British Airways (BA) made headlines recently when it announced that the credit card details of ~380,000 customers were stolen in an attack on its website and app. The company’s share price dropped 2% and the event was a reminder that no organisation, regardless of size or sophistication, is immune to such attacks. Cybersecurity has a high profile. But what is it? The Badger playfully asked friends recently. Many said that it’s anti-virus software, firewalls, encryption, two-factor authentication, software patches, and so on. The Badger, however, learned some years back that it’s much more than this.
The Badger once oversaw a company security department and was tasked to expand the profile and impact of its activities. The department’s staff were expert, hardworking and very professional but they were seen as administrators by others. The Badger learned lots very quickly. Especially that cybersecurity is really the convergence of people, governance, processes and technology into a multi-layered framework to protect an organisation, people, networks and business systems from malicious digital attacks.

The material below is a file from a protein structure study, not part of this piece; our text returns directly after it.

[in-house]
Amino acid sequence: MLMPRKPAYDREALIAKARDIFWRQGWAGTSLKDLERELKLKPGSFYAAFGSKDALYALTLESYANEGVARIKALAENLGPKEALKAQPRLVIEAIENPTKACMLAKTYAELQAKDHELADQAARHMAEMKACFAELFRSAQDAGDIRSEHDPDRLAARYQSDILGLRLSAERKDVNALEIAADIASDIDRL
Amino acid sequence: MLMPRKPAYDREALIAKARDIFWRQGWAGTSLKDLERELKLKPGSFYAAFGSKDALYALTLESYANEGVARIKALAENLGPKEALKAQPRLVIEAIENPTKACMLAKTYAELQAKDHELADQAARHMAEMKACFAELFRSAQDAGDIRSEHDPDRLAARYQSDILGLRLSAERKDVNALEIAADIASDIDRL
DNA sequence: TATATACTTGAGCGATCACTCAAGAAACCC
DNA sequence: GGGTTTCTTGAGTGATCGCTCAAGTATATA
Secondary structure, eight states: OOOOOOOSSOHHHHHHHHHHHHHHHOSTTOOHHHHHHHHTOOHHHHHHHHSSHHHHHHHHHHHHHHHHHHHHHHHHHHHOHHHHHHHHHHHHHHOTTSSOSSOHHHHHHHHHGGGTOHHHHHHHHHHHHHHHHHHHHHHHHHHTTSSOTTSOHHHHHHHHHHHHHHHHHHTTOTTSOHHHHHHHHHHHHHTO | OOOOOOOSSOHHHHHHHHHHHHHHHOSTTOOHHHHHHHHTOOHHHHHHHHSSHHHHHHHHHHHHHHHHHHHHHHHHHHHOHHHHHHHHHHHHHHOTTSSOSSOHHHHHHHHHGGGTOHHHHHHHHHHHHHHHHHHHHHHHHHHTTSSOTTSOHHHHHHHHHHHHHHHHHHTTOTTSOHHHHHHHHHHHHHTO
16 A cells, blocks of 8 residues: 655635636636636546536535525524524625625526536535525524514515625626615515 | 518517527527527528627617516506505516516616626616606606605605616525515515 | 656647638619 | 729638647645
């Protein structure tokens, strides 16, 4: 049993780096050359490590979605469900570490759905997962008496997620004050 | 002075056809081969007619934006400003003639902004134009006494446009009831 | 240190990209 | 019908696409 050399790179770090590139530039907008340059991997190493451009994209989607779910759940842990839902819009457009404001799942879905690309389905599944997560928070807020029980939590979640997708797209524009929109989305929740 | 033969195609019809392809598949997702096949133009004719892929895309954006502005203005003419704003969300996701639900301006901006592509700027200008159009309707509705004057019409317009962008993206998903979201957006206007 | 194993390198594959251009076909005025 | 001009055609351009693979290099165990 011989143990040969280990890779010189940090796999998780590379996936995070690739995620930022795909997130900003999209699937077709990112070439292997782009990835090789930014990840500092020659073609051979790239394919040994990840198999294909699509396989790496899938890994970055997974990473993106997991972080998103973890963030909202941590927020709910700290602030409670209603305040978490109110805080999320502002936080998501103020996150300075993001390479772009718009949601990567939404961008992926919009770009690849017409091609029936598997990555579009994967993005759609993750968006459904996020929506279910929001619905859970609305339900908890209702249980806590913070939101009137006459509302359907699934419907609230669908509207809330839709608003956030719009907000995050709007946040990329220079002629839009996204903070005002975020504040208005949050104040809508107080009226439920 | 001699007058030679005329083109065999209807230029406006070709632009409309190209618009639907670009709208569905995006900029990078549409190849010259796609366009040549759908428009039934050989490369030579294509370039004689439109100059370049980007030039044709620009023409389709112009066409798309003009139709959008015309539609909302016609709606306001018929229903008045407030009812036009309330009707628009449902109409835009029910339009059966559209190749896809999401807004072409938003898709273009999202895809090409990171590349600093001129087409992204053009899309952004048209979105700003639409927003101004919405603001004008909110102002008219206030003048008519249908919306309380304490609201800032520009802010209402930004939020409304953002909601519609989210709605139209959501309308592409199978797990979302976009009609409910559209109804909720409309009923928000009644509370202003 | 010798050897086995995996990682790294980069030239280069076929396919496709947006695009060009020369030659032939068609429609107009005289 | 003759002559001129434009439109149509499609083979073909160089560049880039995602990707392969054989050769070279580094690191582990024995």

The Badger and the department staff set about improving and communicating such a layered framework to have a bigger impact. Anti-virus, firewalls, encryption, passwords and two-factor authentication, and routine software patching were just part of this holistic bigger picture. Progress was helped by executive realisation that new privacy laws were on their way (e.g. GDPR), and that they needed to have good overall security governance, incident, public relations and media management in place to address stakeholder and customer anxieties. Executives had learned from some very public mishandlings of events by other companies! All suggested improvements were approved and fully implemented. Similar things happened in other organisations industry-wide, and today Chief Security or Chief Information Security Officers (CSO/CISO) are the focal points for overall security governance, policies, processes, and practices, including threat detection and defensive measures.
BA seem to have handled the public aspects of their event reasonably well, which implies robustness in their overall security and incident handling framework. However, one thing’s certain. More of such attacks are inevitable. Why? Because people, often very innovative and creative ones, are involved in this delinquency. The Badger learned lots from overseeing a security department. The department lead, a person with decades of security experience, insisted that ‘People are always the weakest link in security’ and the Badger saw this proved many times. Even the most up-standing people can resort to maliciousness or criminality and become a threat when impacted by adverse life, personal or work events.
So, if you’ve read this far then just remember that firewalls, virus software, encryption and so on have their place, but when it comes to real security, you are the weakest link!